Age determined at many countries' archaeological sites is the result of radiocarbon (14C) analysis of particular items found around the burials and not direct dating of individuals found there. The results regarding either physical or geological phenomena may not be chronologically equal, hence the importance of having techniques like ESR which can directly and absolutely determine the age of individuals of interest. The age of a human burial site found in Colombia was determined in this work from a single tooth, a mean age of 3,256 ± 190y BP being found. This result agreed with stratigraphic analysis at sites providing soil ages ranging from 2,800 to 3,500y BP for 50 and 80 cm depths (Correal, 1990). ESR dating accuracy was obtained relatively straightforwardly, using just a few grams of tooth enamel, thereby highlighting some of the advantages and characteristics of the ESR dating method.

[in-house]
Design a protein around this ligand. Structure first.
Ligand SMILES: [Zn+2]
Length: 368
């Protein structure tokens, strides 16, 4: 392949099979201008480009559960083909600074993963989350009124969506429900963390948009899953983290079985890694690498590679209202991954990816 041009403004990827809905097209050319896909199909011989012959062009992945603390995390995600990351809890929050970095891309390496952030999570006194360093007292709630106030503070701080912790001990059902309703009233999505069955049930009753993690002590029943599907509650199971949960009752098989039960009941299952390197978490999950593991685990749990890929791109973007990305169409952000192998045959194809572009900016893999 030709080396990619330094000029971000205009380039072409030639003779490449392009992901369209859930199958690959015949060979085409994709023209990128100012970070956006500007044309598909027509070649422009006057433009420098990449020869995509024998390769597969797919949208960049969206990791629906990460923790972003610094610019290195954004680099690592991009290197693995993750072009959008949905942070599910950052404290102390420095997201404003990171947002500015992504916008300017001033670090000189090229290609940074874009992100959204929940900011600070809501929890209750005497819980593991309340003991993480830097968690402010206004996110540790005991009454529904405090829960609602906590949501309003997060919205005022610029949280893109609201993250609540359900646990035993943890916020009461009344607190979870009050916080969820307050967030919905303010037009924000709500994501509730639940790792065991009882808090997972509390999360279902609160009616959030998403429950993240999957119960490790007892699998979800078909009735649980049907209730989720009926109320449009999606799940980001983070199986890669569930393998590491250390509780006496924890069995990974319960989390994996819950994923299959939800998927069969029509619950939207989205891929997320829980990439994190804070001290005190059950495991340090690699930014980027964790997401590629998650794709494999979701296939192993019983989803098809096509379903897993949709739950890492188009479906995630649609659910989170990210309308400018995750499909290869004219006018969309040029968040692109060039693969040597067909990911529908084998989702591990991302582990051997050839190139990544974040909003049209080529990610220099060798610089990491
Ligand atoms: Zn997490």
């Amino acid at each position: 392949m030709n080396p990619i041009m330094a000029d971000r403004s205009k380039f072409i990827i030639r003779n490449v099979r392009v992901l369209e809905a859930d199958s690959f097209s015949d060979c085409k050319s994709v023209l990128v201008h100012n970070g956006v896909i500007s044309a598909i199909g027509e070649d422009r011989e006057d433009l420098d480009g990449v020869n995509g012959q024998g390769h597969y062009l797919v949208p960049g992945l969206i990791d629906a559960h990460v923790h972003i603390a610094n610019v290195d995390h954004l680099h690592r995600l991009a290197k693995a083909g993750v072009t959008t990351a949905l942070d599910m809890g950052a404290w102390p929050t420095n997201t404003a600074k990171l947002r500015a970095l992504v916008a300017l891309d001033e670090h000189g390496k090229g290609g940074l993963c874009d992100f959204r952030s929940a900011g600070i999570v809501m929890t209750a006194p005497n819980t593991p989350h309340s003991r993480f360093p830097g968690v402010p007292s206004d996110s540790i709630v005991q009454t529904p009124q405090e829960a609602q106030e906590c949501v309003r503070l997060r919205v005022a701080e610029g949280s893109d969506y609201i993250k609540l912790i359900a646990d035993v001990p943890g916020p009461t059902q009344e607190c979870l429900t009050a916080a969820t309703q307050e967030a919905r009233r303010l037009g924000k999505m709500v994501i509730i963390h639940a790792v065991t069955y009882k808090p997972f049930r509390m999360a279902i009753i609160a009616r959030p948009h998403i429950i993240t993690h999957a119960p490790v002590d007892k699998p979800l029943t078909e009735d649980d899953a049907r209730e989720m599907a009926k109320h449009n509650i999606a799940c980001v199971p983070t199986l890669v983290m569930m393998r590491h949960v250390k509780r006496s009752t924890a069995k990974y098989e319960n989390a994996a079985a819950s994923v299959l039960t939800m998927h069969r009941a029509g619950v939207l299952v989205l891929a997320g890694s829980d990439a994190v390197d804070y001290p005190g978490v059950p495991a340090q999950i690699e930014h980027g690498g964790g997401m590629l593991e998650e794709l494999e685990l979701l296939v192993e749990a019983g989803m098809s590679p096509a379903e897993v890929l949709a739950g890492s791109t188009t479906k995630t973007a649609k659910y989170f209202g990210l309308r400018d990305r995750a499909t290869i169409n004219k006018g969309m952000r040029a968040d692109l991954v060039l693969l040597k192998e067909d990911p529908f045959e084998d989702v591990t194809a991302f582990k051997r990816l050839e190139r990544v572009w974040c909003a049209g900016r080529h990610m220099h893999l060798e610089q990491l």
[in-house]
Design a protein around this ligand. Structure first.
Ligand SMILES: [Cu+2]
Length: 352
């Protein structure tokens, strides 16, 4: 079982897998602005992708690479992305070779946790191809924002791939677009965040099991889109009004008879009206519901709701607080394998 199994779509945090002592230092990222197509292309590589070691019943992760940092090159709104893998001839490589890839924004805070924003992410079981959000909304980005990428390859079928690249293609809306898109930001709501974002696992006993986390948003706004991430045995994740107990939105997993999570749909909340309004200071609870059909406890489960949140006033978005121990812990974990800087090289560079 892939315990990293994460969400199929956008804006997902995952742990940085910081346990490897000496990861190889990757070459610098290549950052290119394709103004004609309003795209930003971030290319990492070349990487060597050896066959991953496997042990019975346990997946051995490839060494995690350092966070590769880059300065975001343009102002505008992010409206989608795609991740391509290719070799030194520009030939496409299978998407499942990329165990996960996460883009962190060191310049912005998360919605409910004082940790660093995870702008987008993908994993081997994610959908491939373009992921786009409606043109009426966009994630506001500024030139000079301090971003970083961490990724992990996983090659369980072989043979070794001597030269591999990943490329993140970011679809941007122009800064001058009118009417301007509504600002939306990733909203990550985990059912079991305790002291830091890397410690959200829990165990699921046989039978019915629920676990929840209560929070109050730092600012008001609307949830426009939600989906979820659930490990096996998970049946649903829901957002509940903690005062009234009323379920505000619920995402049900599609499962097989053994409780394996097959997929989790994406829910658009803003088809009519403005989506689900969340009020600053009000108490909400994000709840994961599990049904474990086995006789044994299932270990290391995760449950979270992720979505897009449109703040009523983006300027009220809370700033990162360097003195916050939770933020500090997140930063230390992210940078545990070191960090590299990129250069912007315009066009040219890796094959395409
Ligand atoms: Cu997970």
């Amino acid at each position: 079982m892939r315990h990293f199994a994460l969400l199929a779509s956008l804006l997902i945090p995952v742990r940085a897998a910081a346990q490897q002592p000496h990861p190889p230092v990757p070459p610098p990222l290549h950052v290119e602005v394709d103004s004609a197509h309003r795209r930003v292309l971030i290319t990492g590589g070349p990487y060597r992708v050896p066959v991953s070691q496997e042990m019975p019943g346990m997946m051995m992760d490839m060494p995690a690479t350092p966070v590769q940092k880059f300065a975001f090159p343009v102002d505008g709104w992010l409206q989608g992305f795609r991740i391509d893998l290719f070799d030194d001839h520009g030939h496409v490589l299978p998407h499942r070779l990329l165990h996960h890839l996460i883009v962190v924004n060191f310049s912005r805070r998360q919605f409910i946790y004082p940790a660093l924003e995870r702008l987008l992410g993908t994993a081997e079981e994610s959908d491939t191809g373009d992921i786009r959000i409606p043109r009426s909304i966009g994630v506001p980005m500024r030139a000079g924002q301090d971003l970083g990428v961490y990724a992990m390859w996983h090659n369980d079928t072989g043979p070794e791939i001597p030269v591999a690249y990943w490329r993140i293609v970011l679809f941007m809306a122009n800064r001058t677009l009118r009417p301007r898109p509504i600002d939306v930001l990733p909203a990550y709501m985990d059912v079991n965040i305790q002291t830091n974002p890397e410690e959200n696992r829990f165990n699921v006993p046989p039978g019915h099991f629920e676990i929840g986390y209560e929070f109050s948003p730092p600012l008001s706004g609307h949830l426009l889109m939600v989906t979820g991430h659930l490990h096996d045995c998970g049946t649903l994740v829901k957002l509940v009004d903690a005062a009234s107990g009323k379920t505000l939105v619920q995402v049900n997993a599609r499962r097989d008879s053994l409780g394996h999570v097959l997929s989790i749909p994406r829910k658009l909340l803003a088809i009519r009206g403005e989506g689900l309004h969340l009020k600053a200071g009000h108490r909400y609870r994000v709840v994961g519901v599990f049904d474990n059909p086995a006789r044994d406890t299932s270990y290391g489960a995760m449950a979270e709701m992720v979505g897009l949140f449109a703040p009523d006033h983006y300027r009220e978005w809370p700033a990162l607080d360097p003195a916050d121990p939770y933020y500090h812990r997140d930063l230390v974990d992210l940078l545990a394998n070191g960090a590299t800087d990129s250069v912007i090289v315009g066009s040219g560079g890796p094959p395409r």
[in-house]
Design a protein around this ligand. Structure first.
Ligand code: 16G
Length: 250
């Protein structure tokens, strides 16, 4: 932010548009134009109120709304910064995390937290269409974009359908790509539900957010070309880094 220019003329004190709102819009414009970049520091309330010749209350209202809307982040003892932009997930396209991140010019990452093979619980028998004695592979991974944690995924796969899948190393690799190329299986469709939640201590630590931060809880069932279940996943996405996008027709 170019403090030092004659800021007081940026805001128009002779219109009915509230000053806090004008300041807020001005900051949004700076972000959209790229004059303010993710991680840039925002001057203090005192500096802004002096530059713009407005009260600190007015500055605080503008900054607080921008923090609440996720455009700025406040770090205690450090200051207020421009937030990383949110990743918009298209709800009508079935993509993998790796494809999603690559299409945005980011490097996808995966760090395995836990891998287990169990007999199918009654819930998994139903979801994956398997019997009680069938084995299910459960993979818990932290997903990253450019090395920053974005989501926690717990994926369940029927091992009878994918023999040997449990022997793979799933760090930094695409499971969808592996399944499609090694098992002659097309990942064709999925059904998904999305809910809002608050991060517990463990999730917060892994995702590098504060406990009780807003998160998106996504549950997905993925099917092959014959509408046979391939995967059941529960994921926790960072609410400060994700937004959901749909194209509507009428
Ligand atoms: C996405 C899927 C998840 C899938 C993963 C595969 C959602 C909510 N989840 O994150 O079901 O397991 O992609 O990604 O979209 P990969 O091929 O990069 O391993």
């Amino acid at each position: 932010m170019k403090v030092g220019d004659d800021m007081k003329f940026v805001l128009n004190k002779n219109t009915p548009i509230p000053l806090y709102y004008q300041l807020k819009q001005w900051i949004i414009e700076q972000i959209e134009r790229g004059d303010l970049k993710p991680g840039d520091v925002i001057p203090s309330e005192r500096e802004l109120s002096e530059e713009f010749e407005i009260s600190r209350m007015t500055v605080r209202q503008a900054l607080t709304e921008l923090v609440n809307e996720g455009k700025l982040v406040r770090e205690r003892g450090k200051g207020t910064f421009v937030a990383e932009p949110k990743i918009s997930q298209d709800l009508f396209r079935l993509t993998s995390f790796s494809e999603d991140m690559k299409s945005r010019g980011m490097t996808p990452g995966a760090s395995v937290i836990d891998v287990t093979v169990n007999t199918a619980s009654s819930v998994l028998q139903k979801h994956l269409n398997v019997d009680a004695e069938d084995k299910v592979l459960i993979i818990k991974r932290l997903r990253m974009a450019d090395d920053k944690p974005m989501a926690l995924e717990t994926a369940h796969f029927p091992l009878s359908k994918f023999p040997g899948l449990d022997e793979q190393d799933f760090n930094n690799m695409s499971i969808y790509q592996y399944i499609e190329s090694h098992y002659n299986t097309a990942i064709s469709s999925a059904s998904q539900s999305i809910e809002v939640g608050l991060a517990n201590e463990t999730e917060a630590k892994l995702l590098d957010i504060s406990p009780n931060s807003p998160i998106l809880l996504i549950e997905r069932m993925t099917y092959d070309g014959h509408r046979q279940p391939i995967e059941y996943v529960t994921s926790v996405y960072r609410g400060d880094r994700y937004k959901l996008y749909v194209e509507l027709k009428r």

The results so obtained have contributed towards joining links in the long chain of Colombian and American history (where there is still much to do, due to the rich pre-Hispanic and colonial past). This paper thus represents a pioneering effort aimed at promoting the dating of our ancestors.
We would like to thank the DIB, Universidad Nacional de Colombia, for providing financial support (project 8003348), M. Peña from INGEOMINAS for soil sediment analysis, the Universidad Nacional de Colombia's Physical Anthropology Laboratory and its director, J.V. Rodriguez, for providing facilities and allowing the use of his samples, as well as AM Groot (archaeologist) for her support during this research.